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John Drennan: Reshuffle will fail to save flawed tragic hero Cowen

The infamous rump parliaments may have sat for 13 years before Mr Cromwell assailed the assembly that had 'sat too long for any good you might be doing lately'.

Sadly our rump have only been back for a month and already we're in 'go, in-the-name-of-God mode'.

The good news is that despite all those denials last week that the wheels were coming off the FF-Green hearse we may be about to secure that which we most desire.

When you see a Fianna Fail Taoiseach snarling about smears and innuendos, ministers resigning by the week and a level of backbench apathy that is so acute the chief whip has to plead with his TDs to vote, it's hard to avoid the impression that we are on an election countdown.

Last week even the opposition rhetoric had a genuine pre-election feel as Eamon Gilmore issued a cutting critique of a fatigued government led by a Taoiseach 'obsessed by the desire to cover the tracks of his time as Minister for Finance'.

Surprisingly Enda Kenny was even more acute in his claim that a country where '437,000 people are on the live register, a further 70,000 are projected to lose their jobs this year, credit is not flowing from banks to business, the public service is facing serious unrest', is not being governed well.

For now though the only election Mr Cowen is in a mood to give us is the race to become Dublin's new Lord Mayor.

In contrast when it came to the real crisis of governance we are facing the Taoiseach engaged in the political equivalent of spreading turpentine on the ground to divert the hounds courtesy of a major cabinet reshuffle.

It worked on the political stenographers who quickly worked themselves up into a lather over 'dramas' such as Mr Cowen's cunning plan to change the names of a couple of departments.

But it is unlikely the real world will be overly excited by Mr Cowen's proposals to create the Irish public sector equivalent of James Hacker's infamous Department of Administrative Affairs in Yes, Minister.

Instead the cruel truth is that a reshuffle simply will not work because the political and economic game has moved on.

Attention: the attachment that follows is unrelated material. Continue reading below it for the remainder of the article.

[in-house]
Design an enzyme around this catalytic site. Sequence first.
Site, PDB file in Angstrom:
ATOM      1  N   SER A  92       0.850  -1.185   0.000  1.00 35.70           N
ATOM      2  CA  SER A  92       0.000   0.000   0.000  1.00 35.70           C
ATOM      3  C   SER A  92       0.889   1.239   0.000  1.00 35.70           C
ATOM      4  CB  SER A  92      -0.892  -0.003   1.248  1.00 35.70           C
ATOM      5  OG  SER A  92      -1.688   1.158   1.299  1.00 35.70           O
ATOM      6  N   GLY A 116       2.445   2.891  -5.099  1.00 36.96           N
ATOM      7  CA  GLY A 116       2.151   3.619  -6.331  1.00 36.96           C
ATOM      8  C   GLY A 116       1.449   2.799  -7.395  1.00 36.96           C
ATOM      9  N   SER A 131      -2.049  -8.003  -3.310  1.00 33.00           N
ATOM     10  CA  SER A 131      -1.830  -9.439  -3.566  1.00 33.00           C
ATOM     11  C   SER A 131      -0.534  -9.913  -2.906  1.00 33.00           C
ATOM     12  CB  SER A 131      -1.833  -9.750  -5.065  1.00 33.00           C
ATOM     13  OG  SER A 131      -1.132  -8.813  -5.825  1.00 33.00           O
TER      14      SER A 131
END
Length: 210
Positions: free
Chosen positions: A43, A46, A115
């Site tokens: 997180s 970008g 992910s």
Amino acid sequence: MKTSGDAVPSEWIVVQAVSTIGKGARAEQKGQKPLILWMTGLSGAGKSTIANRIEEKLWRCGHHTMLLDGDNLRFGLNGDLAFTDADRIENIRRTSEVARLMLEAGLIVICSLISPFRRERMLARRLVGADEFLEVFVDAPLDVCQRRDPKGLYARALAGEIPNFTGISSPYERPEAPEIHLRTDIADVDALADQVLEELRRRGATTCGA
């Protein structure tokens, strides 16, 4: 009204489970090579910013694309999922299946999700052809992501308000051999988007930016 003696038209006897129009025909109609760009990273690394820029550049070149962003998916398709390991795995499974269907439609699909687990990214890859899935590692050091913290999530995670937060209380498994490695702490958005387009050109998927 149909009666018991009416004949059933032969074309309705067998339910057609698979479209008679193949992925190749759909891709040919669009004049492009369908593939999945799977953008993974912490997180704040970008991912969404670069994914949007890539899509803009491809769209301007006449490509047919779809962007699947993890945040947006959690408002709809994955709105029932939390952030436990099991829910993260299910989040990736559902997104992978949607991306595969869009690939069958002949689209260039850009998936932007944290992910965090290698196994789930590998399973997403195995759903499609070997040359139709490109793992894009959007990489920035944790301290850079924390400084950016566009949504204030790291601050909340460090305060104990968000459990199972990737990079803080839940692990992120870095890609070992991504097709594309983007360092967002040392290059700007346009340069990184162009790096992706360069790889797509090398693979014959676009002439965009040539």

If Mr Cowen had at the start of his reign torn up the way we are governed by its roots he might have caught our attention.

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But that would have presumed the 'anointed' one had a plan before he got into office and we know to our immeasurable cost that as with the rest of his achievement-free career this man was winging it.

The problem he now faces, however, is that the public knows we are not in freefall because no one knows what Eamon O Cuiv does.

And while Mary Coughlan must go, it is difficult to see how replacing her with some beardless youth will allow us to take on vicious interest groups such as the Dublin Airport Authority and Aer Lingus.

Nothing can disguise the fact that Cowen's reshuffle kerfuffle is a desperate attempt to hide our status as a broken country.

Mr Lenihan may have made €4 billion worth of cuts in the last Budget but we are still trading our way towards insolvency in a manner that would embarrass a League of Ireland soccer club.

It is bad enough that our banks are essentially bankrupt but what is even more serious is that their crisis of funding is threatening to sink the rest of the economy, for outside of multinationals and public sector workers, enterprise in Ireland is dead.

Our junior civil servants are engaging in a civil war against the Government where the public and transparency in government have been the main casualties.

On the streets we are experiencing the sort of casual slaughter last seen in the build-up to the murder of Veronica Guerin while nothing epitomises the gulf between the cosseted mandarins of the public sector and the people more than the Ryanair debacle.

Ultimately the most dispiriting feature is a collapse of national morale epitomised by the sight of the best qualified young Irish workforce ever queueing outside head shops to purchase bath salts and plant food for kicks.

The Cabinet is right to claim we are not experiencing a reprise of the Eighties for the nation is now under the sort of jackboot of hopelessness that has not been seen since the Fifties.

A context such as this means a reshuffle is like changing the deckchairs as they slide across the sinking bow of the Titanic.

Ireland is experiencing its own 'Greek tragedy' for hubris and incredible carelessness has brought us to a place of despair.

And Mr Cowen and a political system that is on trial will only regain the support of the public if some price is paid by the elite.

The price is that those who caused this crisis must go before the people to account for their actions and seek the consent of the public for their solutions.

Mr Cowen may dodge all he likes but a government that has been hollowed out by its own incompetence is not fit for purpose and the rot starts at the top.

Self-interest will, of course, say no, but if Mr Cowen is the thinking patriot his supporters claim him to be he must realise the current cabal has to go if only because they no longer have the moral authority or the mandate to lead a national renaissance.

An election might work out better for Mr Cowen than he thinks for if Brian puts it up to 'scary' Enda to prove he has a more compelling narrative than 'pick me it's my turn', FF and FG could yet be 'rivals' for the hand of Gilmore.

In truth the matter may yet be taken out of the Taoiseach's hands. It could be the status of Dan Boyle as the real Taoiseach or Mr Cowen's inability to escape from his ancient 'if in doubt leave them out' attitude to Coalition or the weight of the banks indebtedness or some tribunal timebomb like Bertie. '